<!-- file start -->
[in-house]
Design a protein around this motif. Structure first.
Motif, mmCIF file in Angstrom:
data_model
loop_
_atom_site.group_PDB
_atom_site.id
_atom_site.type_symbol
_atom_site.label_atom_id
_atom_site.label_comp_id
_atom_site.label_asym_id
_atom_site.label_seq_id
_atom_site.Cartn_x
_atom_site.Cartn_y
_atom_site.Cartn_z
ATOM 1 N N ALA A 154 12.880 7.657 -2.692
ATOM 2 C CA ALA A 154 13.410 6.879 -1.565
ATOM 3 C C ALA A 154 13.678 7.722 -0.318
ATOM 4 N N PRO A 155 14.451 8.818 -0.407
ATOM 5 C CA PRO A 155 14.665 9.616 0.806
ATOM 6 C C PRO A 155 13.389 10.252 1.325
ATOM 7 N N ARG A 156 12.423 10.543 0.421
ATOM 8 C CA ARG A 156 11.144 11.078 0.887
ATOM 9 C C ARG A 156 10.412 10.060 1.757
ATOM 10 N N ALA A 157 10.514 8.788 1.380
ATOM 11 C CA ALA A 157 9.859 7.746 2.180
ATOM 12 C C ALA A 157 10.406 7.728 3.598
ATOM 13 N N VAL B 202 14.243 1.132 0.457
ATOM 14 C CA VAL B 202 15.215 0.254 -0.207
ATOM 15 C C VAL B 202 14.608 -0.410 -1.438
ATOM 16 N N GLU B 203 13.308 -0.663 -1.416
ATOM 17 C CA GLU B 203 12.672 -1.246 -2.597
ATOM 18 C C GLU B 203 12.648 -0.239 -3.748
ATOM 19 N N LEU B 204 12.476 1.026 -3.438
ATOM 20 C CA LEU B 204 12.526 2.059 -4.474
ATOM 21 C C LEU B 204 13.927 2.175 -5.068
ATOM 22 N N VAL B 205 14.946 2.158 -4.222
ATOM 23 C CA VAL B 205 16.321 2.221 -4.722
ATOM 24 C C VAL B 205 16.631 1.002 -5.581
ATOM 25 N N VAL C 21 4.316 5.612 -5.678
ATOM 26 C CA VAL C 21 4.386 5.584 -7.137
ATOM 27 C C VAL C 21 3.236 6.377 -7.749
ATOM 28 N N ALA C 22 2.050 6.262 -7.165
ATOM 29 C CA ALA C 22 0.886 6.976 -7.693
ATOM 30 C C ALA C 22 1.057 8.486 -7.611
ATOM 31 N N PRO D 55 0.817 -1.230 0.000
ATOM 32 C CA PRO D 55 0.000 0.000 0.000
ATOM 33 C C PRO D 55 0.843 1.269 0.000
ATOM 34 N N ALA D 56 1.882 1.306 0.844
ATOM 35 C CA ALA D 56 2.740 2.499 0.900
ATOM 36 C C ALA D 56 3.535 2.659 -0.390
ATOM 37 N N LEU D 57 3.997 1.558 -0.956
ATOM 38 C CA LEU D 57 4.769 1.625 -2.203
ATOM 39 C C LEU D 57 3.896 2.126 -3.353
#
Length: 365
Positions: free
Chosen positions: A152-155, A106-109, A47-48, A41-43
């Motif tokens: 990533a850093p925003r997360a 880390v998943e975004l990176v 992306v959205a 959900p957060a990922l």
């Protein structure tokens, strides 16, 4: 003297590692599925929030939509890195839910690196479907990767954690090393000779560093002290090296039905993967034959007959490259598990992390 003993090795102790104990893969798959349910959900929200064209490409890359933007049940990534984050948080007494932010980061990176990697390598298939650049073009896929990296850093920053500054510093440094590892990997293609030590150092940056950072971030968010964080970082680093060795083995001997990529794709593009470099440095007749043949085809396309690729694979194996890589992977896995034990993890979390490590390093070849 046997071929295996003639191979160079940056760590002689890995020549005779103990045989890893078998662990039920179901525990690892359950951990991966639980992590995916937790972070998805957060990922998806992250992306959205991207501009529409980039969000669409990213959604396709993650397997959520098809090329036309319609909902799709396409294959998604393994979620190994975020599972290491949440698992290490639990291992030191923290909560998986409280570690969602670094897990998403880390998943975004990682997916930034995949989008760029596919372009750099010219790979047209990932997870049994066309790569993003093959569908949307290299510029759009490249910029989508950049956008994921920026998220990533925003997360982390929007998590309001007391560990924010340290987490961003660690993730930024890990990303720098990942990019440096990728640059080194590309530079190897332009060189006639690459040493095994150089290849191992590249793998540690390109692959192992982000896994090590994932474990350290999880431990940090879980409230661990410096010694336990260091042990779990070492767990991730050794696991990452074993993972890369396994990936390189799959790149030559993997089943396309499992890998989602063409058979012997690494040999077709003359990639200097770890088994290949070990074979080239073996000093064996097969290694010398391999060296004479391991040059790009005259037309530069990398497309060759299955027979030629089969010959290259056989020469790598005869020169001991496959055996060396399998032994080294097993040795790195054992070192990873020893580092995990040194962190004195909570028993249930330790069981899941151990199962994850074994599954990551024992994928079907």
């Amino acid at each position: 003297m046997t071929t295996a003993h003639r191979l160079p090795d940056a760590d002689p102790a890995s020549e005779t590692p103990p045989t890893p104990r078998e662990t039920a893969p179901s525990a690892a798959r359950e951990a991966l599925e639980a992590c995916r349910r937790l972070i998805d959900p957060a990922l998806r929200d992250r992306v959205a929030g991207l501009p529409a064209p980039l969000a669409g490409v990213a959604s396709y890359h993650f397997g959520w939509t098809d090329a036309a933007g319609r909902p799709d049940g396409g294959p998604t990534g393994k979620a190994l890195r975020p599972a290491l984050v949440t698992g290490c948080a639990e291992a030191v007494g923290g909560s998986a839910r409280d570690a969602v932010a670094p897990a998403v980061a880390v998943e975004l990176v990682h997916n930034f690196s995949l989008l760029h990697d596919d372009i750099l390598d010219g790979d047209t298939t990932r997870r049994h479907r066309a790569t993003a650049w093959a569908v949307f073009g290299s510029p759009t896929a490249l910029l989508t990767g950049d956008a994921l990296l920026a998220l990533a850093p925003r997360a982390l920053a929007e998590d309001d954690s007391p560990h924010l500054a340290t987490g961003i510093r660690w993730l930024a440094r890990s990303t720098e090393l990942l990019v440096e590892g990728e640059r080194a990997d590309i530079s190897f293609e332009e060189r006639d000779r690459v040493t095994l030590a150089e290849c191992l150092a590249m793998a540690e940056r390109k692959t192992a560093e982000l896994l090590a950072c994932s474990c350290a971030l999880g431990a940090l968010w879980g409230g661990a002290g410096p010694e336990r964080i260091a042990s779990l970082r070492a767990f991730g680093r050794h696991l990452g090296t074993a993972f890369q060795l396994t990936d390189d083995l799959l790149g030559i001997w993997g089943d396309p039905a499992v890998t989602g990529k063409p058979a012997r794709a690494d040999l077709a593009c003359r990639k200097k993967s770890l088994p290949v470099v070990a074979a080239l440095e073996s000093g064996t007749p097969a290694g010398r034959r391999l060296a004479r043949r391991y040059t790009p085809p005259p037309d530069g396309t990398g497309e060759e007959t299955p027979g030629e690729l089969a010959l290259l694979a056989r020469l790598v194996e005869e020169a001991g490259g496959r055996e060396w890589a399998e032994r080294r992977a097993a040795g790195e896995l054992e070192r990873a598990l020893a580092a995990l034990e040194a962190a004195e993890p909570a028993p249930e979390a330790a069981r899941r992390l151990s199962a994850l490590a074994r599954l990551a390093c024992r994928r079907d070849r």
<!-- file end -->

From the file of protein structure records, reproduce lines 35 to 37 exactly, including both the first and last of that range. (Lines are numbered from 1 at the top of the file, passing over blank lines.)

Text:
ATOM 20 C CA LEU B 204 12.526 2.059 -4.474
ATOM 21 C C LEU B 204 13.927 2.175 -5.068
ATOM 22 N N VAL B 205 14.946 2.158 -4.222